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Authenticity – The New Luxury

August 7, 2010

From OPEN Book: Trends, American Express OPEN

  
Consumers are eschewing traditional status symbols in favor of authentic products and services:

a story to tell means a story to sell.

Over the past century, rising disposable incomes have brought goods once considered “luxury” within reach of an increasing number of people. Now, a new breed of consumer is challenging the classic definition of luxury by seeking out a fresh form based on authenticity and exclusivity. A growing band of committed craftspeople – those who make beautiful, handcrafted products and those who offer tailored services requiring skill and time to achieve – are spearheading the new luxury movement.

Quality Not Quantity

New luxury can be characterized by one or more of the following: a single point of sale; the use of specially sourced materials to make the product; detailed consultation to ensure the customer’s exact specifications are matched; a curated shopping experience; a limited product range or supply of the product; and a trained, skilled workforce. Small businesses are ideally positioned to apply their working practices to providing quality rather than quantity, and will find that promoting great craftsmanship can pay dividends.

Business owners who already supply handcrafted goods should consider capitalizing on their existing operations by promoting their products’ provenance. The new luxury consumer appreciates the time and effort that goes into the manufacture of such products, so consideration should be shown to every aspect of production. The carefully constructed website displays its product range in between testimonials from satisfied customers. Carving hardwood toys from a wind-powered workshop, the one-man band behind the venture plants trees to compensate for the raw materials he uses (which are native to the area), and even writes to his child customers to explain the origin of their new toy. A green business before it became fashionable, the enterprise is naturally limited by the number of hours devoted to the craft.

The story behind the product is an attractive feature for the new luxury consumer. We Love Jam in San Francisco, California, produces limited quantities of its Blenheim apricot preserve each year. The owners discovered that the Blenheim apricot is an endangered variety and the orchard they use is one of the last remaining in the region. Each batch of jam is meticulously prepared using the finest ingredients and is only available for purchase via their website. Customers join a waiting list to alert them when the new batch becomes available every August. We Love Jam has redefined luxury by successfully navigating the fine line between elitism and quality, turning something as humble as jam into a luxury product for food lovers around the country by limiting the supply and keeping standards high.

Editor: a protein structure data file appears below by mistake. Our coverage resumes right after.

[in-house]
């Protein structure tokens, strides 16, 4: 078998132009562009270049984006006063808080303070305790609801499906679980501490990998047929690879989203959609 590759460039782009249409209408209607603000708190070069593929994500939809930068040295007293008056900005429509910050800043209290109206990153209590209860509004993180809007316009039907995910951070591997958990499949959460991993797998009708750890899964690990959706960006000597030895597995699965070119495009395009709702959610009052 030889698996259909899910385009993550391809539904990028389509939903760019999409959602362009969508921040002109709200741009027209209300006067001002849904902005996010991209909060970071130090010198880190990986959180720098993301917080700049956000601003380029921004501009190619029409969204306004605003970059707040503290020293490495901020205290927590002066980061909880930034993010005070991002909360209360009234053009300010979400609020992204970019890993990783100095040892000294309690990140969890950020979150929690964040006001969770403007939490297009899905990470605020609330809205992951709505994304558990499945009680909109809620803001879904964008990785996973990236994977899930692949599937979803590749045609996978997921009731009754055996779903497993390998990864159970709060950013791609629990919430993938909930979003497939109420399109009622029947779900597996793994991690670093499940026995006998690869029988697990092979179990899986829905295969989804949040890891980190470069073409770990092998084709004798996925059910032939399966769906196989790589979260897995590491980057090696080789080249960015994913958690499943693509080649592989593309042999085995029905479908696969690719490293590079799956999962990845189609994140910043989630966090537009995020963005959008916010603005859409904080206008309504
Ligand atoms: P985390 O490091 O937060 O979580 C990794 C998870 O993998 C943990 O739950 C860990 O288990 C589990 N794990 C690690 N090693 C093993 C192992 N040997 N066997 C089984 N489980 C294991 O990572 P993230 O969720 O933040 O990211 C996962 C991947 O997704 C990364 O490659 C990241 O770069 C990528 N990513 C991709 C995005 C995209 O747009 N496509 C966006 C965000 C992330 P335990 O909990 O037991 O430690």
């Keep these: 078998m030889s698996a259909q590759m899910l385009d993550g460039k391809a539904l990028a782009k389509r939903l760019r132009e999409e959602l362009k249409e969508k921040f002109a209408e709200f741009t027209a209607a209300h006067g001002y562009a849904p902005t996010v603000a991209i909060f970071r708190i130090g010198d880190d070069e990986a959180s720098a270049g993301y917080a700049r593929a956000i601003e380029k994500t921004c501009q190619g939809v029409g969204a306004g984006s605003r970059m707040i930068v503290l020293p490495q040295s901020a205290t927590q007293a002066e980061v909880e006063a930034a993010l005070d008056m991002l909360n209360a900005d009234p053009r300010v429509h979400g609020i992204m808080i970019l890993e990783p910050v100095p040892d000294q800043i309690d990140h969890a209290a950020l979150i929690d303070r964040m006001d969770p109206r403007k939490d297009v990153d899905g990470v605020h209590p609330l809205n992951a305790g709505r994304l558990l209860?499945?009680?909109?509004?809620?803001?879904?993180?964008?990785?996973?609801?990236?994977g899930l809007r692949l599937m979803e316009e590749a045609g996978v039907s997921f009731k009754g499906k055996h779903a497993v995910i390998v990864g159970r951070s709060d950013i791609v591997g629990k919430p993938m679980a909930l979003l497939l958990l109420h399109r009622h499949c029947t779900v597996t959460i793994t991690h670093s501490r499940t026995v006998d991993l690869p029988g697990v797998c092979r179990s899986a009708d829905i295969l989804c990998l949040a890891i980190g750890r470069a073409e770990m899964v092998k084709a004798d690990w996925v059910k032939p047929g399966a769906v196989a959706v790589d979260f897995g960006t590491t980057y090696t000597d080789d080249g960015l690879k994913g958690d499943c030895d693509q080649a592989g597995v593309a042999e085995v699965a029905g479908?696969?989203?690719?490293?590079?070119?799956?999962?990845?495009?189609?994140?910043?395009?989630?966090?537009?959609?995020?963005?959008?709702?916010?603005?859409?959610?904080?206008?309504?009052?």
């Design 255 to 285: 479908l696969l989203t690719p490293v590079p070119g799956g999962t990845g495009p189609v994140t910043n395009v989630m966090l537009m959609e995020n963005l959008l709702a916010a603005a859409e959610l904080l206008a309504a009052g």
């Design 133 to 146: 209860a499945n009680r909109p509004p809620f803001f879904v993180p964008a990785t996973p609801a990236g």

From Supplier to Buyer

Business opportunities are also available to those who provide a curated or immersive retail environment for customers. In Portland, Oregon, Craig Olson and Sean Igo own Canoe, which stocks an eclectic mix of office and homewares that are united by a commitment to provenance, craftsmanship and quality design. Each product is accompanied by a mini-history, which makes the link from supplier to buyer and reinforces the Canoe brand values of timeless design and functionality. Olson comments: “In many ways it is a very Scandinavian or Japanese approach – the idea that products are to be used and enjoyed every day, not placed on a shelf only to fulfill some status role.” Canoe represents the growing breed of retailer mindful that, in an increasingly homogeneous world of Main Streets, discerning luxury consumers are becoming more demanding in their search for authenticity and are rejecting the mundane – whatever the cost.

The fragile economy has given rise to a segment of consumers who are reassessing mass consumption and traditional status symbols in favor of authenticity. Whatever the product, the central tenet is that new luxury goods should have a story to tell and offer an experience that goes beyond the price tag. Small businesses that take pride in combining quality materials, highly skilled craftsmen and a made-to-measure service are naturally in the best position to leverage this trend. Many of them are already proving that adopting new luxury practices is the perfect way to retain existing clientele – and to find fresh customers too.

For more articles and profiles on the trends shaping today’s business landscape, download OPEN Book: A Practical Guide to Essential Trends.

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